Businesses added solid 190,000 jobs in November

Businesses added 190,000 jobs in November, payroll processor ADP said Wednesday, possibly heralding solid gains in the government’s employment report this week after two months of hurricane-related volatility.

The showing matched the median estimate of economists surveyed by Bloomberg.

The Labor Department on Friday is expected to count 198,000 payroll additions in the public and private sectors.

Labor tallied just 18,000 employment gains in September as Hurricanes Harvey and Irma idled workers in Texas and Florida. It announced a booming 261,000 new jobs in October as many of those employees returned to job sites.

But that would still amount to an average 140,000 gains for September and October, well below the 176,000 average during the first eight months of the year. It may be that some people in the hurricane-hit regions had not come back to work when Labor’s survey was conducted in early October and their return could bolster the November total.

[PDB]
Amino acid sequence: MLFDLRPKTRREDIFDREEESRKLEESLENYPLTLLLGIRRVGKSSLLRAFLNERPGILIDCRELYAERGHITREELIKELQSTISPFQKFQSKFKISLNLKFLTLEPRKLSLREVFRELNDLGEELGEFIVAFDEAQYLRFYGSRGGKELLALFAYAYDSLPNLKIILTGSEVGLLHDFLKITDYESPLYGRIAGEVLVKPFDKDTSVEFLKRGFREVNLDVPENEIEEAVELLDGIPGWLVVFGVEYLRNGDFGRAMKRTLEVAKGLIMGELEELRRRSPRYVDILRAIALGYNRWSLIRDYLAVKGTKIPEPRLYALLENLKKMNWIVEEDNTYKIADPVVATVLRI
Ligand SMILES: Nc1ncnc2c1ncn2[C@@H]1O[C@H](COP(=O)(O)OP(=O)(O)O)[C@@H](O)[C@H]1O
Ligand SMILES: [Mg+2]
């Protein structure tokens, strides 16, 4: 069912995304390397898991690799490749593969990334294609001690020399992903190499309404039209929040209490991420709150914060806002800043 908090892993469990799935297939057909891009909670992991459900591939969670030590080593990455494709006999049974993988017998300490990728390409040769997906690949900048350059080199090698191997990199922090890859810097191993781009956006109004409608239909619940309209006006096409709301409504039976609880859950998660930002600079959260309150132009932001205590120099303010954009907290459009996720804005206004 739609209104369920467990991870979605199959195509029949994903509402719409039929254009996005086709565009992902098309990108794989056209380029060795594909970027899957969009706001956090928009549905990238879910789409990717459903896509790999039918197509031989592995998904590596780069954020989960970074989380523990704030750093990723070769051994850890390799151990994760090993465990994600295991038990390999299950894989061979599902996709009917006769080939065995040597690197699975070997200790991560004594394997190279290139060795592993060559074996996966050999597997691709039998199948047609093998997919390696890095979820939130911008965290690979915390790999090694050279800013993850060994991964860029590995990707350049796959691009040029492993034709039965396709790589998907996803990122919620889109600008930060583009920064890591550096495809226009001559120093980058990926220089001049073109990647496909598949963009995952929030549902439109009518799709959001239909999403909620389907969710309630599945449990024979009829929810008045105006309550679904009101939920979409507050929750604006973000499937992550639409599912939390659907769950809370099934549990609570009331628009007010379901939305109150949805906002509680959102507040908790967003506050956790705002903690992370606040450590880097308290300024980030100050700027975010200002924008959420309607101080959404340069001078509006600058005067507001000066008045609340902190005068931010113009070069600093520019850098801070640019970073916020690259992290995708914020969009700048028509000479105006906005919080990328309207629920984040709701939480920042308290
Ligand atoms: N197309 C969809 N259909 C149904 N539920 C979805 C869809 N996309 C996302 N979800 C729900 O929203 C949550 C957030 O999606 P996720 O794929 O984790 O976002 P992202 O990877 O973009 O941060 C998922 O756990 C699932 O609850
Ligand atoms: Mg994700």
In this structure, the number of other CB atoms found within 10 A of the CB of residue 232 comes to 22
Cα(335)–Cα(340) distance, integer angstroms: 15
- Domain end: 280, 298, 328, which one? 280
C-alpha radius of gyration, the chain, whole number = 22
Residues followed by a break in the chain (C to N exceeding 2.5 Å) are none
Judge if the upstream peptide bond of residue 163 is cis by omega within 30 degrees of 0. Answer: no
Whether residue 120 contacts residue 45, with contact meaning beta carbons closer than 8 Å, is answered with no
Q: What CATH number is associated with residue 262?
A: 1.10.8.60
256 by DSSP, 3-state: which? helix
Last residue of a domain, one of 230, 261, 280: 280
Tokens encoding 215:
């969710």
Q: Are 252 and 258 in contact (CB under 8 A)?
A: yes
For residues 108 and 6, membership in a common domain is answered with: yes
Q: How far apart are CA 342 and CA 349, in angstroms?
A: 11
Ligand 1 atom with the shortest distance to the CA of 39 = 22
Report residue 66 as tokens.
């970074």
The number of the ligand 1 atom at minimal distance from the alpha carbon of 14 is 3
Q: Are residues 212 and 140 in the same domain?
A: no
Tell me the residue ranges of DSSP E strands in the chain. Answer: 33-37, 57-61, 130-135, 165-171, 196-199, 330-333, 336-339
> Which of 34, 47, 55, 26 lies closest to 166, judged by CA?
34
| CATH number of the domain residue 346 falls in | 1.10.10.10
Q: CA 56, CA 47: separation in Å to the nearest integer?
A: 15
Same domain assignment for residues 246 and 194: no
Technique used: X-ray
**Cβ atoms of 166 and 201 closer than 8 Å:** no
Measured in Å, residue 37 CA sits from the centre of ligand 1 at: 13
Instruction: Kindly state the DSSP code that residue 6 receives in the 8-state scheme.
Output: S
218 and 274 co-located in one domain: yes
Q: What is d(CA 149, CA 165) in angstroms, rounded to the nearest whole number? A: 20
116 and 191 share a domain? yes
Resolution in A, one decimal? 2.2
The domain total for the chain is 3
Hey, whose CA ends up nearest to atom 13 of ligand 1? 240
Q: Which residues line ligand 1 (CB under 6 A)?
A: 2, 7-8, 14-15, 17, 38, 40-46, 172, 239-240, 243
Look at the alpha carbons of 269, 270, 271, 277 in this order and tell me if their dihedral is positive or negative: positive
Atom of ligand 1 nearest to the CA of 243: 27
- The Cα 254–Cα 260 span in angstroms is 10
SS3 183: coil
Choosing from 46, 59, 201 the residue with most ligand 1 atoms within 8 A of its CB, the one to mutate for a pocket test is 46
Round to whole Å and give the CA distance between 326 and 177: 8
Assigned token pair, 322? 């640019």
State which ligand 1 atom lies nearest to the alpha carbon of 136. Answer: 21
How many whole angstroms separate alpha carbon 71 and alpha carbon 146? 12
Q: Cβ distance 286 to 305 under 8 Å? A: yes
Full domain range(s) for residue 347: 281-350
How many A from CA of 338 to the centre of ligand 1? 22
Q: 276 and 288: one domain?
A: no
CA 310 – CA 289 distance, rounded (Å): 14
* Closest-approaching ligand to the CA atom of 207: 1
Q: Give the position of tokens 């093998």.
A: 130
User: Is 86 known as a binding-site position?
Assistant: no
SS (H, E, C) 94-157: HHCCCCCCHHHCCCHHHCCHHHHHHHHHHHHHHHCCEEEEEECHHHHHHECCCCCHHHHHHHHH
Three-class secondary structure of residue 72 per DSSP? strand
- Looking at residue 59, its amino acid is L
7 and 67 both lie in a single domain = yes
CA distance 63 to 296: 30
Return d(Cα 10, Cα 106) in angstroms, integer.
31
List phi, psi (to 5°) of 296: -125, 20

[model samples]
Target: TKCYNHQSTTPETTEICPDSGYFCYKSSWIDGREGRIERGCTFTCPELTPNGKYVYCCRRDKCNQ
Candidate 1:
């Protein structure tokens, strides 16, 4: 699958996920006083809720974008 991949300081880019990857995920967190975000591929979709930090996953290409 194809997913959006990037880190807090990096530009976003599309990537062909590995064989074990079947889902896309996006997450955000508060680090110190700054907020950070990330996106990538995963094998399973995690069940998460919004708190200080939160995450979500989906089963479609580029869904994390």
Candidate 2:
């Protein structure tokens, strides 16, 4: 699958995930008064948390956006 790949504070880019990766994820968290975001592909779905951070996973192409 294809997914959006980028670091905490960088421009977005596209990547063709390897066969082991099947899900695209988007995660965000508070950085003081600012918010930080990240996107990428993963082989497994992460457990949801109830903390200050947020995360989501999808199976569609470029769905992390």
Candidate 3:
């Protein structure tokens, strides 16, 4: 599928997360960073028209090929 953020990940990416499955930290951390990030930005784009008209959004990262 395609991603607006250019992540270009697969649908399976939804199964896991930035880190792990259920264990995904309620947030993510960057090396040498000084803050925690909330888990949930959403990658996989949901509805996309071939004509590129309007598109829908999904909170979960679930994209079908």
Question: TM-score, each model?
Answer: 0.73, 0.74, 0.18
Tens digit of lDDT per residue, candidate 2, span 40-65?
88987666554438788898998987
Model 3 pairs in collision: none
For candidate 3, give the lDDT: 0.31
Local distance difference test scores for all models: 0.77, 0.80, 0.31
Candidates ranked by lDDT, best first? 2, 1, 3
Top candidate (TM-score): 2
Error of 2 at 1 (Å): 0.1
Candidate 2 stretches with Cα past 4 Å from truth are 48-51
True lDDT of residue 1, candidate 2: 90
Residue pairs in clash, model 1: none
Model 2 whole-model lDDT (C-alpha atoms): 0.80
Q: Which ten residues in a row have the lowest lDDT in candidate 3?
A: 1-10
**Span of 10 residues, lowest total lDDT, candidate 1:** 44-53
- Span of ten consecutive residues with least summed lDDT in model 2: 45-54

ADP tries to forecast Labor’s private-sector total and generally captures similar broad trends but the two tallies often differ significantly.

Friday’s jobs total could be inflated by an acceleration in rebuilding in the hurricane zones and a relatively early start to the holiday sales season, says Joe Brusuelas, chief economist for consulting firm RSM U.S.

 In November, ADP said, midsize companies added 99,000 jobs; small businesses, 50,000; and large ones, 41,000.

Education and health care led the gains with 54,000 new jobs. Professional and business services added 47,000; manufacturing, 40,000; trade, transportation and utilities, 36,000; and leisure and hospitality, 25,000.

Construction cut 4,000 jobs despite early repairs in the hurricane damaged areas, a possible sign of ongoing worker shortages in that industry.

“The job market is red hot, with broad-based job gains across industries and company sizes,” said Mark Zandi, chief economist of Moody’s Analytics, which helps ADP compile the report. “There is a mounting threat that the job market will overheat next year,” sharply driving up wages and inflation.

Still, hiring has slowed this year compared to 2016 because the low, 4.1% unemployment rate is making it harder for employers to find qualified workers. Yet the 169,000 average monthly job gains counted by Labor this year are more than enough to continue lowering the jobless rate.

Source: USA Today

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